Johnny Marr talks about a possible The Smiths reunion.
When Neutral Milk Hotel announced they were reuniting for a tour, I didn’t lose my mind with joy.
It’s not that I’m not excited about the reunion, because I am. I think it’s just that I have a complete aversion to reunion tours now. Perhaps I’m taking a very crunchy, romantic self-help approach to my view on this, but they call it a break-up because it’s broken? And I know Neutral Milk Hotel didn’t technically “break up” as it were, but still. I can’t tell you how much money and time I’ve spent traveling and going to shows that bands have touted as THE FINAL TOUR SEE US NOW OR SEE US NEVER AGAIN WE’RE CONSIDERING MASS SUICIDE AT THE FINAL DATE BECAUSE THAT’S HOW SERIOUS THIS IS. I then buy the DVDs of the final mass suicide show (spoiler alert: nobody died), to then have the band reunite years later to pompous fanfare. I find it maddening, yet I still feel myself drawn to see the reunion because they’re one of my favorite bands or artists. We as fans still reward them even though they pulled the classic ex-boyfriend/girlfriend move of when you decide you’re feeling good enough to get back out there and start seeing someone new, they call or text and suddenly you’re emotionally compromised. And I’m left thinking: but I thought you left me with my memories and the music?
That’s why I’m comforted by the fact that a The Smiths reunion is almost impossible. Both Morrissey and Johnny Marr have gone on record saying just as much. The Smiths had a very acrimonious split and have kept the rancor alive in the nearly 30 years after the split, which mirrors the tumultuous way they dealt with each other during their tenure.
When the lead singer of your group dismisses you in a manner that was a plot on Sex in the City, it’s bad. Andy Rourke’s heroin addiction led to his dismissal from the band by a note in 1986. In Rourke’s own words from an interview in Mojo magazine: “Morrissey left a little postcard on the windscreen of my car, like a parking ticket. It said, ‘Andy — you have left The Smiths. Goodbye and good luck, Morrissey.’” The dismissal lasted only weeks (the band did retain the replacement bassist Craig Gannon) but it left a scar.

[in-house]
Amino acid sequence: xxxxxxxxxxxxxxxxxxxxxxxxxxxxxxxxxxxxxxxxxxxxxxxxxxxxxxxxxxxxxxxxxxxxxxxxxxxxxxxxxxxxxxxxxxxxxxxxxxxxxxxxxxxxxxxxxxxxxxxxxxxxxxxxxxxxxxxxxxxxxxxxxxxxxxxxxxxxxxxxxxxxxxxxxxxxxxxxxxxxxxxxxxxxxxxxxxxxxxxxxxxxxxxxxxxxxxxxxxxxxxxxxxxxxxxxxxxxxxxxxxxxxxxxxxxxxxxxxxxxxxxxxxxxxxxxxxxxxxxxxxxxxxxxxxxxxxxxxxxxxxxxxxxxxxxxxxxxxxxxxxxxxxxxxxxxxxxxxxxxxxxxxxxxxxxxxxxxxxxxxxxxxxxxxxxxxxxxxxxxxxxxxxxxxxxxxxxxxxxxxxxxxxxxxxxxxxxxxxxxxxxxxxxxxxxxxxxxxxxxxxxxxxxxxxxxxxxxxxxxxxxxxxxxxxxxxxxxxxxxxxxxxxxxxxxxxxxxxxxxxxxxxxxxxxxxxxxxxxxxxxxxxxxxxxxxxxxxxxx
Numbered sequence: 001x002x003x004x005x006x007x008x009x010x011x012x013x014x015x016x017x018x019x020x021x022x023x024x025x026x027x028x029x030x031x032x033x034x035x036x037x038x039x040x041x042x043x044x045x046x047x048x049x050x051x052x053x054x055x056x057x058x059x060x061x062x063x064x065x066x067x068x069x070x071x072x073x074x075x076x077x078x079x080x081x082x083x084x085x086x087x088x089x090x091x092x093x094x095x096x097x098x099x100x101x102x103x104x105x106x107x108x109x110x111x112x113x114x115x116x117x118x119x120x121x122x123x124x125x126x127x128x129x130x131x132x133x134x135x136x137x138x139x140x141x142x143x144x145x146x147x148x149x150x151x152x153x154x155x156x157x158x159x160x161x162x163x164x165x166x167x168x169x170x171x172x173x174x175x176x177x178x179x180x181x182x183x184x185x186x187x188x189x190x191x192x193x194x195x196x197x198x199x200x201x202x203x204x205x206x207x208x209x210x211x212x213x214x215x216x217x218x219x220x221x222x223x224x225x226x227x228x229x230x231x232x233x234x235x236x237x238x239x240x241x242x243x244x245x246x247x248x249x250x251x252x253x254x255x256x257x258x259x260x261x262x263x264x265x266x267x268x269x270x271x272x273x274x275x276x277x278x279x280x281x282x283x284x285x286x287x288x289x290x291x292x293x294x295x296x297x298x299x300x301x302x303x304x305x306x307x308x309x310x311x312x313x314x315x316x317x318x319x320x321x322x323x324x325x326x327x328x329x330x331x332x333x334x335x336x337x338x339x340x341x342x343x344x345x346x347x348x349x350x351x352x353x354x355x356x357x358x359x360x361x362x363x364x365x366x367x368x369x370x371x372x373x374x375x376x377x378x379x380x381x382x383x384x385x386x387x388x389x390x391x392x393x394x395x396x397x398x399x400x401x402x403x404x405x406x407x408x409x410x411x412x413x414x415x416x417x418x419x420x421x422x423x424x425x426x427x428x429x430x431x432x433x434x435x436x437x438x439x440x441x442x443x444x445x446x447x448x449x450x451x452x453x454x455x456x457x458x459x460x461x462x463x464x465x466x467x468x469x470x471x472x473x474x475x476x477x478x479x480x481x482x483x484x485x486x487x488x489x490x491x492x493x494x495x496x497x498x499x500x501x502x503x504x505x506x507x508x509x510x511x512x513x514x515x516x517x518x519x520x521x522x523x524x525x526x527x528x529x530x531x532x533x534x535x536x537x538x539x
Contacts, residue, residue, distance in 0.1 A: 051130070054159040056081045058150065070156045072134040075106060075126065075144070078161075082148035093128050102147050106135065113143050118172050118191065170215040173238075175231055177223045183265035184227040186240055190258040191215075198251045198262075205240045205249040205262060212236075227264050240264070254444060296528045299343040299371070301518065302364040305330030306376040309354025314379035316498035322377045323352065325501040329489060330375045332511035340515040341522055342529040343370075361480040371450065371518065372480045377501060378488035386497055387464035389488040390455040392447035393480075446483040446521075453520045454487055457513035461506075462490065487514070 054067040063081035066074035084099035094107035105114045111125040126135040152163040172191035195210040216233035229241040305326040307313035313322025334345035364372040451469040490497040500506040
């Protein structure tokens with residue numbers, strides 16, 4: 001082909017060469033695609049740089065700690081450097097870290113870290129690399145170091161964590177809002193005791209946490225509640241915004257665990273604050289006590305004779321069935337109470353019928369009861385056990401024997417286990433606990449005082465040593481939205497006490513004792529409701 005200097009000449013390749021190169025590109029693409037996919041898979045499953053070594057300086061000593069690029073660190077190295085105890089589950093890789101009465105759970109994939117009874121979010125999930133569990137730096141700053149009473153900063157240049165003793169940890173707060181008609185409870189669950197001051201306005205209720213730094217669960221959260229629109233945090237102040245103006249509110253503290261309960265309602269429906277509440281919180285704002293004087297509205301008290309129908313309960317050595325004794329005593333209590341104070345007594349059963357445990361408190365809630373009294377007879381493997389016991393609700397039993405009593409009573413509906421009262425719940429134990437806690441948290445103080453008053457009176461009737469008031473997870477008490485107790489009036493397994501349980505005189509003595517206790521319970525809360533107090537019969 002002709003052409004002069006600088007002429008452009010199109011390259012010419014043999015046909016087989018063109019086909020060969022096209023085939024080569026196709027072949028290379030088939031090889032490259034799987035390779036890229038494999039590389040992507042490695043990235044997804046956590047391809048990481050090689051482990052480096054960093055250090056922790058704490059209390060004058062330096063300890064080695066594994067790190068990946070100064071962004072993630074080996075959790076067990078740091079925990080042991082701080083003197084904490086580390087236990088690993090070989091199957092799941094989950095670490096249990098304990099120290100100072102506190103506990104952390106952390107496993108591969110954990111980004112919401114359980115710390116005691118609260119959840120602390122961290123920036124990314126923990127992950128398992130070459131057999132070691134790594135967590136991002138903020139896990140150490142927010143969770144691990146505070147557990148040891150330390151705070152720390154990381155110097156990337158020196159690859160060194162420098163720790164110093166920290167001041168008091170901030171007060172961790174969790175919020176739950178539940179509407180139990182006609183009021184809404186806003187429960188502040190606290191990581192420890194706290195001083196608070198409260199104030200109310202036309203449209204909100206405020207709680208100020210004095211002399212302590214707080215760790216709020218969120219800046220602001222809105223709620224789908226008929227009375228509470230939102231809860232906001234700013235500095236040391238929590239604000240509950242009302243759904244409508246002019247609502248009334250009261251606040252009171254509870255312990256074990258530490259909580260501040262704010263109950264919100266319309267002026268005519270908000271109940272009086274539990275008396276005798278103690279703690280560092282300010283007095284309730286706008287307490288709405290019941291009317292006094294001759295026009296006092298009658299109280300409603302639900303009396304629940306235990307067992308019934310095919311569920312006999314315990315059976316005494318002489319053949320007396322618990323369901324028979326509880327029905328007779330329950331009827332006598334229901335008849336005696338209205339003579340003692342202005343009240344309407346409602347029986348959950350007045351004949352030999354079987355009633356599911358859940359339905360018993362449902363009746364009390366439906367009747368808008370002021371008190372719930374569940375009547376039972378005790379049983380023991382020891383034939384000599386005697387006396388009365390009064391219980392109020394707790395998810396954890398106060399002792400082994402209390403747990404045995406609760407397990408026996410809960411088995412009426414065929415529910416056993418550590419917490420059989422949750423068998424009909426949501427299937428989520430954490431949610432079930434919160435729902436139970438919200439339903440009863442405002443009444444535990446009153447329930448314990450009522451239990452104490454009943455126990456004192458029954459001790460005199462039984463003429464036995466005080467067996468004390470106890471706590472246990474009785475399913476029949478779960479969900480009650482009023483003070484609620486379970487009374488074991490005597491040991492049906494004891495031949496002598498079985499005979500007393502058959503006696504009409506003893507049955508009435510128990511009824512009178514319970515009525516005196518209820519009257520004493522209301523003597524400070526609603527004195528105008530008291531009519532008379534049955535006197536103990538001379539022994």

“After I’d stopped crying,” Rourke said in the same interview, “I phoned Johnny and said, What’s going on? He was like, ‘Er… you’d better come round.’ Johnny was really good — he helped me through it, he was very supportive — but he had to abide by the judge’s decision. That was the low point of my life, really. As far as I knew, it was permanent.”
A year after that dispute, the band was dealing with managerial problems and Johnny Marr was dealing with substance abuse. Rumors flew about Morrissey being unhappy with Marr’s projects with other musicians and Marr being unhappy with Morrissey’s musical direction. Marr took a sabbatical from the band in June 1987 and left permanently in July. Rough Trade confirmed the split in August. Their final record, Stangeways Here We Come, was released in September.
“I’ve got lots of photos and loads of video footage of us making that album,” Marr said. “You can see us talking and having a laugh. But towards the end of the band, when we weren’t doing music, we weren’t able to be comfortable with each other any more. I was unhappy, and I didn’t want to just harbour all this unhappiness and sulk and run away. But I was into making that record. And I love almost every track on that album.”
Two years after the split, a royalties dispute between Morrissey/Marr and Andy Rourke and Mike Joyce emerged. Rourke and Joyce alleged that they were treated as session musicians because both Morrissey and Marr each received 40 percent of the band’s royalties, leaving only 10 percent each for the other band members. Rourke settled out of court for a sum payment of £83,000 and 10 percent royalties, renouncing all further claims. Joyce continued with the legal proceedings which reached the High Court of Justice in 1996. The court sided with Rourke and he received a sum of £1 million in previous royalties and 25 percent from the point of the ruling.